|10. Did the review authors report on the sources of funding for the studies included in the review?||0 (0)||0 (0)||19 (100)||0 (0)|
|11. If meta-analysis was performed, did the review authors use appropriate methods for statistical combination of results?d||7 (37)||0 (0)||4 (21)||8 (42)|
|12. If meta-analysis was performed, did the review authors assess the potential impact of RoB in individual studies on the results of the meta-analysis or other evidence synthesis?||6 (32)||0 (0)||5 (26)||8 (42)|
|13. Did the review authors account for RoB in individual studies when interpreting/discussing the results of the review?d||10 (53)||0 (0)||9 (47)||0 (0)|
|14. Did the review authors provide a satisfactory explanation for and discussion of any heterogeneity observed in the results of the review?||10 (53)||0 (0)||9 (47)||0 (0)|
|15. If they performed quantitative synthesis, did the review authors carry out an adequate investigation of publication bias (small study bias) and discuss its likely impact on the results of the review?d||4 (21)||0 (0)||8 (42)||7 (37)|
|16. Did the review authors report any potential sources of conflict of interest, including any funding they received for conducting the review?||18 (95)||0 (0)||1 (5)||0 (0)|
aAMSTAR-2: Assessing the Methodological Quality of Systematic Reviews 2.
cPICO: population, intervention, control group, outcome.
dItems considered as critical domains in the AMSTAR-2.
eRoB: risk of bias.
Out of the 19 reviews, 10 (53%) accounted for such bias in individual studies when interpreting and discussing the results of the review and 9 (47%) reviews used a satisfactory technique for assessing the RoB in individual studies included in the review. For reviews that used a satisfactory technique for assessing RoB, most [, , , , , ] suggested that e-engagement, participation, and retention promotion strategies were effective.
This study reviewed the current state of research comparing alternative strategies to maximize participant engagement, participation, and retention in large digital studies (as held in narrative and systematic reviews). We explored EFIs and study design features that aid engagement, participation, and retention. For reviews that met the inclusion criteria, there was substantial heterogeneity across studies in terms of e-strategies.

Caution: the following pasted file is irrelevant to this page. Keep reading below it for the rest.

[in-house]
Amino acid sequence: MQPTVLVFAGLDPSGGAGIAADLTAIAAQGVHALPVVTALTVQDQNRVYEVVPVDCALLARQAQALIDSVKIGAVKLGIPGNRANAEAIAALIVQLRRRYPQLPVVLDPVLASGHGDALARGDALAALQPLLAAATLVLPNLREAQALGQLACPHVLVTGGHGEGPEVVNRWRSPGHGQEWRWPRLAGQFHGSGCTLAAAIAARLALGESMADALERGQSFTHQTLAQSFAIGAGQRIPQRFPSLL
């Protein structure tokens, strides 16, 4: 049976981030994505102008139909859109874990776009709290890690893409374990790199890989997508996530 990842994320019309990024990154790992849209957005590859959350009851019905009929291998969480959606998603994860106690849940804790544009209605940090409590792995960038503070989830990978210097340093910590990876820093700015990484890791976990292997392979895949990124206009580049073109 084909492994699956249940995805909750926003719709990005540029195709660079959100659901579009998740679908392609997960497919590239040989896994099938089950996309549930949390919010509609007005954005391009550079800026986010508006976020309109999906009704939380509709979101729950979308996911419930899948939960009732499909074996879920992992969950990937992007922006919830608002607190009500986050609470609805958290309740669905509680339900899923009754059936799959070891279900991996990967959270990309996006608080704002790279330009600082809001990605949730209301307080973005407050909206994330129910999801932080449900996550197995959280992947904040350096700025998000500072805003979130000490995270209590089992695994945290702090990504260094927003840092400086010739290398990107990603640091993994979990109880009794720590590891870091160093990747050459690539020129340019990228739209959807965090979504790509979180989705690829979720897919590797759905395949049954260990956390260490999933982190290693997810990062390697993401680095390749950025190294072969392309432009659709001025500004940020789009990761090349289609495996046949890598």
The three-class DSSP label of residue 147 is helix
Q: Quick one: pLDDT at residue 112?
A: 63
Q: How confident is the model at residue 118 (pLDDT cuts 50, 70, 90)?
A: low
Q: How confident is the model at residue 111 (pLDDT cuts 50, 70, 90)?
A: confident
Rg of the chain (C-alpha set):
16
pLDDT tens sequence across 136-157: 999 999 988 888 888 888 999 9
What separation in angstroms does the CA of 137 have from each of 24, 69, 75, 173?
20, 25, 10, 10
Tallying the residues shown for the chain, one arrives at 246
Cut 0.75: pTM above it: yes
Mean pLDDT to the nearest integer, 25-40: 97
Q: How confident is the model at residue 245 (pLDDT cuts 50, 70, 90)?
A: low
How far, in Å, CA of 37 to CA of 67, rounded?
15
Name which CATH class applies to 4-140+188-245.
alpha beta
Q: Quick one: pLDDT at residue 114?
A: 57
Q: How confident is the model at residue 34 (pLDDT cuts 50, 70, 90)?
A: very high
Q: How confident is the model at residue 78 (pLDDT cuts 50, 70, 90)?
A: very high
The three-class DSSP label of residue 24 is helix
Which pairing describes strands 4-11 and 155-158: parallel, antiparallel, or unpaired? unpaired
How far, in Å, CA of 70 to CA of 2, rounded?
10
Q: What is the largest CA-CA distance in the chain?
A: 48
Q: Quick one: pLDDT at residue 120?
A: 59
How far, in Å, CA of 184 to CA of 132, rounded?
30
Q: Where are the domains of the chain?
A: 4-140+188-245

Most reviews show that e-engagement and participation promotion strategies are effective, which is promising. However, these reviews canvassed relatively few experimentally tested strategies, suggesting that the myriad of alternative strategies that may have been tested have not yet been the subject of reviews. Many studies have reported these features as a secondary goal of objectives such as adherence to therapy rather than as a primary goal in and of itself. From the 19 reviews, few contained very large digital studies that directly compared alternative strategies to examine impacts on engagement and retention; this may reflect the small number of such mega-studies worldwide. However, contributing reviews contained multipurpose (observational and interventional) cohort studies conducted in clinical and research settings. Motivation for study engagement, participation, and retention may differ somewhat between observational and clinical intervention studies where the participant can potentially directly benefit from participation, although the successful strategies make sense and at face value seem likely to generalize to both settings. In the absence of more tailored evidence, engagement strategies successful in intervention studies may be the best evidence we have, though they should be cautiously applied.